MUHAMMAD KARIM writes from London on an expatâ€™s conundrum during this election. To vote or not to vote?
It’s surreal, sometimes, as you walk randomly through London and suddenly get a whiff of home as you pass a “South African” store in the middle of a high street. There’s also a little tug on your heart when you hear a thick South African accent on the train home from work. Home sneaks up on you in strange places.
But, home is also far away. Expats are definitely less connected to home and its realities. For me, it’s the reality I’ve tried to escape. Examples like crime, lack of opportunity, government inefficiency and ineffectiveness and poor infrastructure give you this feeling of hopelessness.
Very little has changed in the last two elections. Maybe that is unfair of me, as I sit in my middle class existence pointing fingers, but itâ€™s real to me. The reality I see is that, when I was growing up, I used to play in the street and I had an unbelievable sense of freedom, which children should have.
But now, when I see kids from back home, thereâ€™s an ingrained fear. This accepted normality of locked car doors, burglar bars on every single window, alarm systems, clutched handbags and quick, alert glances. Itâ€™s not natural. Itâ€™s not right. Something is wrong and something needs to change.
It may seem like all that was a digression, but itâ€™s not. We say these same things so often that itâ€™s just conversation filler now. But sit with it for a while. Feel it. How we feel on a day-to-day basis in the country we live in is a very political issue and has everything to do with voting.
So when it comes to elections, the only conversation I end up having is about voting or not. I can vote from here… But I don’t like the choices I have. Who should I support, who will provide even a flicker of hope for an actual â€œbetter life for all”? What makes it difficult to decide whether to vote is my inner conflict about if voting will even make a difference, if I do vote, if the people I put in power will really make a dent in the status quo.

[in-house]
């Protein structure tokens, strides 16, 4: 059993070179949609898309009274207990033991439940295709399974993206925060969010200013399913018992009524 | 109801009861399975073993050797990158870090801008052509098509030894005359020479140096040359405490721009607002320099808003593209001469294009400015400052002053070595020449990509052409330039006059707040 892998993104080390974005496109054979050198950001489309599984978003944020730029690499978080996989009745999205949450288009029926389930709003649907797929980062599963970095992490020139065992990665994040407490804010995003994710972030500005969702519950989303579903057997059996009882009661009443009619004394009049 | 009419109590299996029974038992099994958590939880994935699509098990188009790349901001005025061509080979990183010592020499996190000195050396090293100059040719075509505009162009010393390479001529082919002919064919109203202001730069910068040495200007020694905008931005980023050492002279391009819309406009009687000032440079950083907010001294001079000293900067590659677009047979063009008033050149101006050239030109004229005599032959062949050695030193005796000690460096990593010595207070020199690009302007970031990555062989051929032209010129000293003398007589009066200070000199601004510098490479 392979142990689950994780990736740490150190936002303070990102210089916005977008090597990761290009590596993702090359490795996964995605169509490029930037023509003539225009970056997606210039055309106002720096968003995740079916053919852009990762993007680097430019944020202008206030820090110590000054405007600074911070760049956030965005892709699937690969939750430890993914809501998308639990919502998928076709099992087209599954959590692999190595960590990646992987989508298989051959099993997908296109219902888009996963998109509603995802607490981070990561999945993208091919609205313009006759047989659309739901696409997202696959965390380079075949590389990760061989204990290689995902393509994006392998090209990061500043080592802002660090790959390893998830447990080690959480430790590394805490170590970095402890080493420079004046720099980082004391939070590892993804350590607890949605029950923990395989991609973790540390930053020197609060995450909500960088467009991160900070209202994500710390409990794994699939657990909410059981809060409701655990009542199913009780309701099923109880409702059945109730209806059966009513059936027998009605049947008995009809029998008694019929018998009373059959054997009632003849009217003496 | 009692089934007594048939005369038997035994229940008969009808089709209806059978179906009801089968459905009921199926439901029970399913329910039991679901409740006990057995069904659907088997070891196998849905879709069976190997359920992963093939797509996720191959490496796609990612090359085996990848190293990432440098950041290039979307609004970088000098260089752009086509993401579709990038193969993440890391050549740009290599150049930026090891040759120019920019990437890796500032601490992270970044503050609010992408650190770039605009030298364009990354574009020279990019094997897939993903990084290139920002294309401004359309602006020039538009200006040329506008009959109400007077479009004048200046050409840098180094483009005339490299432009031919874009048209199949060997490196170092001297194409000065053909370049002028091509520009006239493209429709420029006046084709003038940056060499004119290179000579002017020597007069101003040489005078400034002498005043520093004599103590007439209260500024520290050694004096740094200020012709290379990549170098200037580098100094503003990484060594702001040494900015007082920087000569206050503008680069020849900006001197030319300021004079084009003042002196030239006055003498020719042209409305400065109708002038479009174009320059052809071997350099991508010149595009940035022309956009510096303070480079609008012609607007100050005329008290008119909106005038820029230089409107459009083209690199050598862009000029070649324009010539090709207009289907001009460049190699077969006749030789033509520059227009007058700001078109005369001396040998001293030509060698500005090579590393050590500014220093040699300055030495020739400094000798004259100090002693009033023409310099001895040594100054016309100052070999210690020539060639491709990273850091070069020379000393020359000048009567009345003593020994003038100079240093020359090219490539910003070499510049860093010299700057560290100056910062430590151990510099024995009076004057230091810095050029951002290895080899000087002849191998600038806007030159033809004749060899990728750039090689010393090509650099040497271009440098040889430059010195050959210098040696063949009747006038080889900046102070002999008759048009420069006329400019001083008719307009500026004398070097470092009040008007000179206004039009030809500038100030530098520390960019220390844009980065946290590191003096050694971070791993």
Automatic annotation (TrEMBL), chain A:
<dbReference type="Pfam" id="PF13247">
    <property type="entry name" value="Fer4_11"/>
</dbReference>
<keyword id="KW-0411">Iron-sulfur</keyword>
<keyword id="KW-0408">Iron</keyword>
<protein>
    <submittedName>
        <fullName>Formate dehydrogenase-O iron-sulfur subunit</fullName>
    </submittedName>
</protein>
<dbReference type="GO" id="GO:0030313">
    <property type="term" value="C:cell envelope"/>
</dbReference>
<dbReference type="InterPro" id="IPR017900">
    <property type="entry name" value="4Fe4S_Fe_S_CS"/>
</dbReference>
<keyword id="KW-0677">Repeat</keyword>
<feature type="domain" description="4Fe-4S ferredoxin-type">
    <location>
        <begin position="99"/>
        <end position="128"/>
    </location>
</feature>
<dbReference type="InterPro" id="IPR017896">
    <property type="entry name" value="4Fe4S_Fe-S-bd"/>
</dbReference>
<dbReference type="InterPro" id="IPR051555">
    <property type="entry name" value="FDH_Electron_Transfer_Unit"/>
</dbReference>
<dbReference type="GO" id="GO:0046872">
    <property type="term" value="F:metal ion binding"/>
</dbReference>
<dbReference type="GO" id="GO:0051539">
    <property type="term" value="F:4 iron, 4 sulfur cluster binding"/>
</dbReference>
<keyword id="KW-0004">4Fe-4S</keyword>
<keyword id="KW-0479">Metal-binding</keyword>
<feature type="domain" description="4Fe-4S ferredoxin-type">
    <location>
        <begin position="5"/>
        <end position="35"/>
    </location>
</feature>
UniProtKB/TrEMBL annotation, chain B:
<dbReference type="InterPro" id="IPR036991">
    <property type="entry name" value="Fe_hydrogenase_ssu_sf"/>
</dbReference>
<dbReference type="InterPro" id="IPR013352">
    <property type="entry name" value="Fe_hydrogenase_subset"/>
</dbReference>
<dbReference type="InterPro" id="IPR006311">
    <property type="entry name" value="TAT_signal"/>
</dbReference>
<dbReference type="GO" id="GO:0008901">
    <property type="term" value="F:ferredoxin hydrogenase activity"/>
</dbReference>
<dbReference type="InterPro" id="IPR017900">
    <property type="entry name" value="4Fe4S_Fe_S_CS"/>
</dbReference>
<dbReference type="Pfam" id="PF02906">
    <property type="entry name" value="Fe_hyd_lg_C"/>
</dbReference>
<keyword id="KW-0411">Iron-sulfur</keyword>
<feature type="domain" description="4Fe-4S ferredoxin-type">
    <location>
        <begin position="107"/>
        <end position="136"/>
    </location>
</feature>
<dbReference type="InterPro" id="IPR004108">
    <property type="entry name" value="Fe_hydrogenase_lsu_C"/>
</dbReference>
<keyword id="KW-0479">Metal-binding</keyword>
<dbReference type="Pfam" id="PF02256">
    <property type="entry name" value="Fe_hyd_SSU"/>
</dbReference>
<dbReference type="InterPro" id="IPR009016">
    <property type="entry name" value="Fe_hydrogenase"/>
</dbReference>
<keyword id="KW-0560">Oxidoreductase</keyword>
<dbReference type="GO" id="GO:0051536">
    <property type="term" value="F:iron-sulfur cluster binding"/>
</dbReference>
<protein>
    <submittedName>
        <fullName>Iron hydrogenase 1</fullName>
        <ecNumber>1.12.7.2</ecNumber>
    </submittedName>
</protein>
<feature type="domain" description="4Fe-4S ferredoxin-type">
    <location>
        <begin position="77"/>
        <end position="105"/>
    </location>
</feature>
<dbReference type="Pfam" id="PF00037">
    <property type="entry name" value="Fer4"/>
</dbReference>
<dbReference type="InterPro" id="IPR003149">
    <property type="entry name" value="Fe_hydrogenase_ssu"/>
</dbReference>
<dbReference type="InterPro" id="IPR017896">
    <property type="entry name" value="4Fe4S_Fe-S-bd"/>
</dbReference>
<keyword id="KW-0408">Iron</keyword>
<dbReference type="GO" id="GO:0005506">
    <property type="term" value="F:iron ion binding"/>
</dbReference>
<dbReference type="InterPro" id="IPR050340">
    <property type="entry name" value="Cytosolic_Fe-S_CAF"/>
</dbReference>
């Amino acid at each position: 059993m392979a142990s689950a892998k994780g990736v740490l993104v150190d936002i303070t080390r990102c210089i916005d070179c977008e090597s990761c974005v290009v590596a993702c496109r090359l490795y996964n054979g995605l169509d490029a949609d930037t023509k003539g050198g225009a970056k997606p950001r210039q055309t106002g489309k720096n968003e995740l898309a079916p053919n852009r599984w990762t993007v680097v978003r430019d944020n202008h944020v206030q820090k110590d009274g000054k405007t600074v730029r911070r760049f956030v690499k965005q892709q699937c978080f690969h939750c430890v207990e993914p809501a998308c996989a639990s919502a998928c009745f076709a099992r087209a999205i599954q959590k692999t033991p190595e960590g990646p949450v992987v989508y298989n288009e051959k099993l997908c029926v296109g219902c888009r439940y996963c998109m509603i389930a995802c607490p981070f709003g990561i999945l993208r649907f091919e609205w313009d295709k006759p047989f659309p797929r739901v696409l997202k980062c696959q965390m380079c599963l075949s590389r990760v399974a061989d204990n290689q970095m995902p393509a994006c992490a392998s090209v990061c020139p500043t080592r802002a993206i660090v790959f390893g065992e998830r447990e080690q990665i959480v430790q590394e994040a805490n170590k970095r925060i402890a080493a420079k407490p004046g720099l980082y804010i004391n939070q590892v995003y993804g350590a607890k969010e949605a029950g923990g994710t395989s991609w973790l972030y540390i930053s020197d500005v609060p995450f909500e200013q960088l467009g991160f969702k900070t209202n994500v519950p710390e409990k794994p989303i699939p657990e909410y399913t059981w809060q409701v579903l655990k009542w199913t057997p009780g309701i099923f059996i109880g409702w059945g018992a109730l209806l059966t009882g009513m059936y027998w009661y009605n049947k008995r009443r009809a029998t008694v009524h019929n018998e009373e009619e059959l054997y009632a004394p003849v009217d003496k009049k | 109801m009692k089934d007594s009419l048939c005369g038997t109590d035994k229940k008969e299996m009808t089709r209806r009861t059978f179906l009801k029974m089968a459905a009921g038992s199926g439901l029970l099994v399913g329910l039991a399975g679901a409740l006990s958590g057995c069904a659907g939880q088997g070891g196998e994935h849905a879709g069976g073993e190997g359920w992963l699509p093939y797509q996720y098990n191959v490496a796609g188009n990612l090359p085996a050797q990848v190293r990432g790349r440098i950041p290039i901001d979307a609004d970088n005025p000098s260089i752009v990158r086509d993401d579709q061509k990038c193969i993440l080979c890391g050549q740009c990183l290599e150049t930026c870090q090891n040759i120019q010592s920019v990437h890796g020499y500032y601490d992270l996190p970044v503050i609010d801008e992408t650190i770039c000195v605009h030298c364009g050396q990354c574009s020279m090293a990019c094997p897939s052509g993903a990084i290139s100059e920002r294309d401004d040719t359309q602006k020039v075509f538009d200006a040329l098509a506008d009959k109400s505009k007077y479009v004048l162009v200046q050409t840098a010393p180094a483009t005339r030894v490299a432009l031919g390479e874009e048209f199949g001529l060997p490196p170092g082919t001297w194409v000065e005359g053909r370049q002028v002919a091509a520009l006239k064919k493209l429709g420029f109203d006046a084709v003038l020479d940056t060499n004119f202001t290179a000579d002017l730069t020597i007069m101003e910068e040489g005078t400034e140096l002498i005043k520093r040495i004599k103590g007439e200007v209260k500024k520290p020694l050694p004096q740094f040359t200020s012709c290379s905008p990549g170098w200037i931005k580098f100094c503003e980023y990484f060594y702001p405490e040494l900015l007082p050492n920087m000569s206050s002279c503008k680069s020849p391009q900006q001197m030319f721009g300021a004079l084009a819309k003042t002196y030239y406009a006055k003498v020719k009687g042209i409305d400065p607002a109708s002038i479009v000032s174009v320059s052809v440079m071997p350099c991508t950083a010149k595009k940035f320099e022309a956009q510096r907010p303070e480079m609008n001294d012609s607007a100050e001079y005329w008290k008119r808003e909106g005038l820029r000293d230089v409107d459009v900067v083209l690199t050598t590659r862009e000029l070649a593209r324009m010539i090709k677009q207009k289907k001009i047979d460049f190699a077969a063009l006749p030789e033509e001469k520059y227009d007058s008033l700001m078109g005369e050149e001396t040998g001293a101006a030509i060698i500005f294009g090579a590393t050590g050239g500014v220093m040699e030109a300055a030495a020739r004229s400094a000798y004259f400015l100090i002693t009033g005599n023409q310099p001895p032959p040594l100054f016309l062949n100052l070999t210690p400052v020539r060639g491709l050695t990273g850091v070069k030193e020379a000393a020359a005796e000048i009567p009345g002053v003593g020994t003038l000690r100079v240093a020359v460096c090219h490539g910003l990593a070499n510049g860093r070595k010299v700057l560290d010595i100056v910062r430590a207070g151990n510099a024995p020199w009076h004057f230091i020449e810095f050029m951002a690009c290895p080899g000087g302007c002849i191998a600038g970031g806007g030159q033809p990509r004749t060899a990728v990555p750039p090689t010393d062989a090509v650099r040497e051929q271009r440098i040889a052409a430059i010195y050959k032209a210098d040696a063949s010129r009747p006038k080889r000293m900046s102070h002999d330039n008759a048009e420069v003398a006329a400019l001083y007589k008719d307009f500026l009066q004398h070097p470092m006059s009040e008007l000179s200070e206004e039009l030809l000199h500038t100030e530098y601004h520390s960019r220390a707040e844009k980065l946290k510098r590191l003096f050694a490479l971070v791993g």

If anything at all changes, itâ€™s going to be people who will make that change. I may sit here in my ivory tower and contemplate what Iâ€™m doing, but there are people on the ground in South Africa who are sacrificing their time and energy to change things for the better. They are there, and we need to find them and support them.
There is more than one choice, none of them perfect, but some are better than others. That is the only place of power I own and the source of my
responsibility as a citizen.
So, even though it all may seem dire, I should at least try and choose the best option I can find, and hold them to account.
It may sound too simplistic, but really, among all the intellectual back-and-forth on the topic of elections, all people need is something
simple to do to make some sort of difference.
This is it. Go and vote for the best people you think would make that difference. However slim you may think that chance is, there is still a chance.
I, and we, have a responsibility to contribute, in whatever way, to making things better. Home, after all, is home.
Muhammad is a Marketing Manager at the BBC World Service for the Middle East and North Africa region. He also blogs at Global Voices Online about various topics, most recently being South African Current Affairs and is interested in writing about Islam, Technology and World Affairs in general.
Feature photo credit: Muhammad Karim. Profile photo credit: Hazem Abuwatfa